Senior Patrick Smith has observed this double standard within his own experiences. “Slut shaming is definitely more negative towards women,” he said, recounting stories he had heard both online and from the women in his life. “For men, having more sexual experience is seen as more of a flex, while it is something women are often shamed for,” Smith said. Emma agreed with this perspective, noting that if two students are both sexually active, “the girl will be seen as a slut, and the guy will be seen as cool.” 

It was really hard for me to deal with because I felt so much guilt.

— Juvara

Targets of slut shaming or sexual assault often experience victim blaming, a distorted attribution of an event used to fault a victim instead of the perpetrator. Tanenbaum describes it as a trauma response that many victims use to cope. “It convinces girls and women who have been victimized that they are the ones who have done something wrong,” Tanenbaum writes in I Am Not a Slut. Senior Caterina Juvara experienced victim blaming when friends of a student who assaulted her began falsely accusing her of being the instigator. “The person who traumatized me was praised, and his friends went around, and slut shamed me behind my back,” Juvara said. This took a toll on Juvara’s mental health, as she began to experience feelings of self-doubt and isolation. “They thought that I was a trashy person for an experience that was not even consensual,” she said. “It was really hard for me to deal with because I felt so much guilt.”

Mika Catangay

Senior Scarlett Carew suffered similar detriments to her mental health after hearing false accusations about her perceived sexual behavior. When hanging out with a former boyfriend and his friends, one of them told the group, “The only thing that’s been passed around more than a blunt is Scarlett.” As she looked around to see that every person in the circle, including her boyfriend, was laughing at the joke, Carew was filled with both humiliation and guilt. “It really made me feel like nothing,” she said. “I played it off because I didn’t want to make it seem like it was bothering me.” When she confronted her boyfriend at the time, he expressed that calling his friend out for what he viewed as a hilarious joke was unnecessary. “But at the end of the day, it’s not just a joke,” Carew said. “That shit hurts. I went home feeling like shit about myself for a while because I thought it was completely fine that the person I was in a relationship with dismissed me.” Despite feeling devalued by her partner, Carew lingered in this cycle of belittlement for several more months, believing that she was to blame for what was said about her — another method of victim blaming that prompted her declining mental state.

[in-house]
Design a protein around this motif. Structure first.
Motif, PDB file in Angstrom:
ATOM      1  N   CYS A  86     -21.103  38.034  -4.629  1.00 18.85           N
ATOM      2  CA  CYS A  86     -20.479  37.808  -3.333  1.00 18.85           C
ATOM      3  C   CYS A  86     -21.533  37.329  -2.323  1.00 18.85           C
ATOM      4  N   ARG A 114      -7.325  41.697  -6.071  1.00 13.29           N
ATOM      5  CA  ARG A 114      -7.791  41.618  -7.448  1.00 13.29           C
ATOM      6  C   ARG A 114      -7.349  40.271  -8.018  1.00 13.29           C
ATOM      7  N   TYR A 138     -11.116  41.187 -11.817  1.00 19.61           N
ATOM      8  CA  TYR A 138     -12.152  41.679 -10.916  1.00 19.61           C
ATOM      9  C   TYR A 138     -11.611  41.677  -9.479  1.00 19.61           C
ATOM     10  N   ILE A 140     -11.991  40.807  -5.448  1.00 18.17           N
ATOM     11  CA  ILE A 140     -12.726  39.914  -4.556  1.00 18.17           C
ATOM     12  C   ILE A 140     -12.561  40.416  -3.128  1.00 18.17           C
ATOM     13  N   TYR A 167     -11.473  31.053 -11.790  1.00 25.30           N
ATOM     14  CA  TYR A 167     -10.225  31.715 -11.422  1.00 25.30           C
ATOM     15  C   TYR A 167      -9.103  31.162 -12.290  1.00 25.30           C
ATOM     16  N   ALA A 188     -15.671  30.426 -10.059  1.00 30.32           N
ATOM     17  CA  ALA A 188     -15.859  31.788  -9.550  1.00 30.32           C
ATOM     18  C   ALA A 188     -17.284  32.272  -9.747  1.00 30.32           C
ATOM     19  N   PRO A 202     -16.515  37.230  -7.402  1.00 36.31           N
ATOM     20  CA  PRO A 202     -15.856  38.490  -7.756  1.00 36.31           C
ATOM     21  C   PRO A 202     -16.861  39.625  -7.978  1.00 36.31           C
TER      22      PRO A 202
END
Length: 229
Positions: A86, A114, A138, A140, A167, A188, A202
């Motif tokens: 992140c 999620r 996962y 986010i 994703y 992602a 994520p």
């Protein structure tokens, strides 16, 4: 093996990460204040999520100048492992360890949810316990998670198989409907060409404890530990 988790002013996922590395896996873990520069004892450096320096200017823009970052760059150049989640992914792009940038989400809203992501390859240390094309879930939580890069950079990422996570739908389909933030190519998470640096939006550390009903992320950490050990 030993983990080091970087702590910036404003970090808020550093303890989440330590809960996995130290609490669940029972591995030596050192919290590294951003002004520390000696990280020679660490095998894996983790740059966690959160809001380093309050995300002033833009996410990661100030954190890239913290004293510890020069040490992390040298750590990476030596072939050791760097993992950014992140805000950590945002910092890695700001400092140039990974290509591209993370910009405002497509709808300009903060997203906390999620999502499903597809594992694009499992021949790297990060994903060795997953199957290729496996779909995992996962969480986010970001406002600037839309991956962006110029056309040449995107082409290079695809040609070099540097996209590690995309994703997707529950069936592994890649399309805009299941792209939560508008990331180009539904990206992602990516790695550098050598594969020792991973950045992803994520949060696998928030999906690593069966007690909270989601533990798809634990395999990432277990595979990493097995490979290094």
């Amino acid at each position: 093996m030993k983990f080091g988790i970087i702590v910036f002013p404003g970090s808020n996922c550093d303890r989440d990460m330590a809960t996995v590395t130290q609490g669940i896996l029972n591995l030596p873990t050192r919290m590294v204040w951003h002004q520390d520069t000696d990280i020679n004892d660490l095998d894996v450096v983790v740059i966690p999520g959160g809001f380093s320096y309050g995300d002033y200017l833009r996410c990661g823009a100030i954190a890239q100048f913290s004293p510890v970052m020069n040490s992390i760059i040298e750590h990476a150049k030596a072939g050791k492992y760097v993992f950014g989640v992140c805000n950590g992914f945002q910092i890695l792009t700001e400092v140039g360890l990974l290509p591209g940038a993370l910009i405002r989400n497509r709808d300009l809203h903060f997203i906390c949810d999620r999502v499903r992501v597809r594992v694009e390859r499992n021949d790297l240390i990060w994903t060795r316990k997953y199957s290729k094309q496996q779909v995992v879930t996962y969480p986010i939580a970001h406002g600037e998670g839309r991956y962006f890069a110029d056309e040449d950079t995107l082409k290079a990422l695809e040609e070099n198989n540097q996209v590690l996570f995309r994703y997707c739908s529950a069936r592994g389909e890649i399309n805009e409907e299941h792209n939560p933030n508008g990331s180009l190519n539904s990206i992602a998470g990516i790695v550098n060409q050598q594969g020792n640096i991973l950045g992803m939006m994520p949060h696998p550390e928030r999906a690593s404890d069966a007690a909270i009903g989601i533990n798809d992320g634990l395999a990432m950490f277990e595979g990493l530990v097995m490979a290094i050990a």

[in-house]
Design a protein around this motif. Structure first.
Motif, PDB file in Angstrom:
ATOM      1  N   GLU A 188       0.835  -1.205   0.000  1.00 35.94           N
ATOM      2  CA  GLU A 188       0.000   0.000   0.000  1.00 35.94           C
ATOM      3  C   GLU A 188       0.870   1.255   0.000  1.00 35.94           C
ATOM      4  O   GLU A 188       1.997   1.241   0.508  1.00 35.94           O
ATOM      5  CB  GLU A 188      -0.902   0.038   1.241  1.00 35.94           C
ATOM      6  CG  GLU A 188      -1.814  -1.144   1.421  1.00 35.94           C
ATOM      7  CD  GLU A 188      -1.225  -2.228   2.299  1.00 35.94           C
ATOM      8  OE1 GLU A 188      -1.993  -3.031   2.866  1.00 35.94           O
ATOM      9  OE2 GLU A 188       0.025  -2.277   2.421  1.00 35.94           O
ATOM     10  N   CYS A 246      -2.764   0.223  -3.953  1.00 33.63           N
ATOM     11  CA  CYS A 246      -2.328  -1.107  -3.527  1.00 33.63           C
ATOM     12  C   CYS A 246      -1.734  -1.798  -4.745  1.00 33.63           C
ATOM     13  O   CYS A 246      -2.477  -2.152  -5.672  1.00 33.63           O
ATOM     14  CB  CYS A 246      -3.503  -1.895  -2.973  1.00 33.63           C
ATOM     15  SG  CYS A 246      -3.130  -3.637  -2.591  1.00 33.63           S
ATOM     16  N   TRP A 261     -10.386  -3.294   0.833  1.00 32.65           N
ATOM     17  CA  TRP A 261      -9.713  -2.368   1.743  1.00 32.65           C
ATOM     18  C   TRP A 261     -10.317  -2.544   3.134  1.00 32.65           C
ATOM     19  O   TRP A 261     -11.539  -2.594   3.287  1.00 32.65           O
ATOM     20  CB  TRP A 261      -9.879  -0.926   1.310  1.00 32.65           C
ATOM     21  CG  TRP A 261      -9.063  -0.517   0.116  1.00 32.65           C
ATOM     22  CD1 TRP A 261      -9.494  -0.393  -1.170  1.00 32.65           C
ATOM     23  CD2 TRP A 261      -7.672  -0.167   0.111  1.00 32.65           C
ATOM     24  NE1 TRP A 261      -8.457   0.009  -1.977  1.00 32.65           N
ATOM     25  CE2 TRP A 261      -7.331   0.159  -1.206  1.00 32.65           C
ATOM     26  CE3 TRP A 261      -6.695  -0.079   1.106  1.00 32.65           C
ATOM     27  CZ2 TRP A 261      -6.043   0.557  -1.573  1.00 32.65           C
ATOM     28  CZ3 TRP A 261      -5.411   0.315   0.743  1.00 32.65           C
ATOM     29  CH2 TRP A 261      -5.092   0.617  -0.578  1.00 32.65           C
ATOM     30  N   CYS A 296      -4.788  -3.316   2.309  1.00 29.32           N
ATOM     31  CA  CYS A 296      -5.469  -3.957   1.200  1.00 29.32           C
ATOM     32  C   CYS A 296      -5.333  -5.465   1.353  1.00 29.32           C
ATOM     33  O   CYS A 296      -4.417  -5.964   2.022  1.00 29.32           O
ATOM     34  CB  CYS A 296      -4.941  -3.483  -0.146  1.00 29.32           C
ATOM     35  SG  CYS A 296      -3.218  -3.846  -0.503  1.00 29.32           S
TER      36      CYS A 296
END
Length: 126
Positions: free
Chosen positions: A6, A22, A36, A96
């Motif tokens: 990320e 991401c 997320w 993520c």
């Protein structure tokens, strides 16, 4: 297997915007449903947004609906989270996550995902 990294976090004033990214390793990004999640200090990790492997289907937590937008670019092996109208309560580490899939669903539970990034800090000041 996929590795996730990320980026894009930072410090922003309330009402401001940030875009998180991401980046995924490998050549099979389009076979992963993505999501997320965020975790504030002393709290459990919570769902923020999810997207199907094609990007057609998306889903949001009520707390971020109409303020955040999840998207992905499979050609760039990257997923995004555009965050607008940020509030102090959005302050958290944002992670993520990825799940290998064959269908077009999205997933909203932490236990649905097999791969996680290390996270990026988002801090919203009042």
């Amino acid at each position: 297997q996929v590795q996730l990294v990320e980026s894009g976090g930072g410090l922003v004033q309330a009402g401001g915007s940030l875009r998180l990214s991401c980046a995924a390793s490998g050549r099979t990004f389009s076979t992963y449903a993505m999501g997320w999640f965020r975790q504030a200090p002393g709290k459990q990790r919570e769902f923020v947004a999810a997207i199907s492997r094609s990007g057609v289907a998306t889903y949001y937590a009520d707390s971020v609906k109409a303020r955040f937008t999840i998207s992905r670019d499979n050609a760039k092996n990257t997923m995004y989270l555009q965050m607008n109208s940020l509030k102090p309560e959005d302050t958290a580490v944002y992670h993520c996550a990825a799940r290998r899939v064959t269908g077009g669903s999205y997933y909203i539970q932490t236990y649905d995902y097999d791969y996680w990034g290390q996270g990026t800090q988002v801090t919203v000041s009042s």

Having faced a prevailing culture of women being hypersexualized, Carew and Juvara have, in turn, been wary of their clothing choices. Juvara grew up learning that women should self-regulate how they present themselves to mitigate their chances of being objectified. “I was raised with the concept that crop tops are ‘asking for it,’ so every time I would wear a crop top, I would internalize that,” she said. Over time, Juvara’s self-esteem and confidence dwindled as a result of receiving constant judgment. “I began blaming myself for the way I dressed, even if there was nothing showing, just because I didn’t have a flat chest,” Juvara said. Echoing the sentiment, Carew is careful to not wear revealing clothes in school to prevent being slut shamed. “I know that if I wear a low-cut top, I am going to be catcalled, and in class, people are going to look down,” she said. “I don’t wear short shorts to school, and I will rarely wear skirts.”

But at the end of the day, it’s not just a joke.

— Carew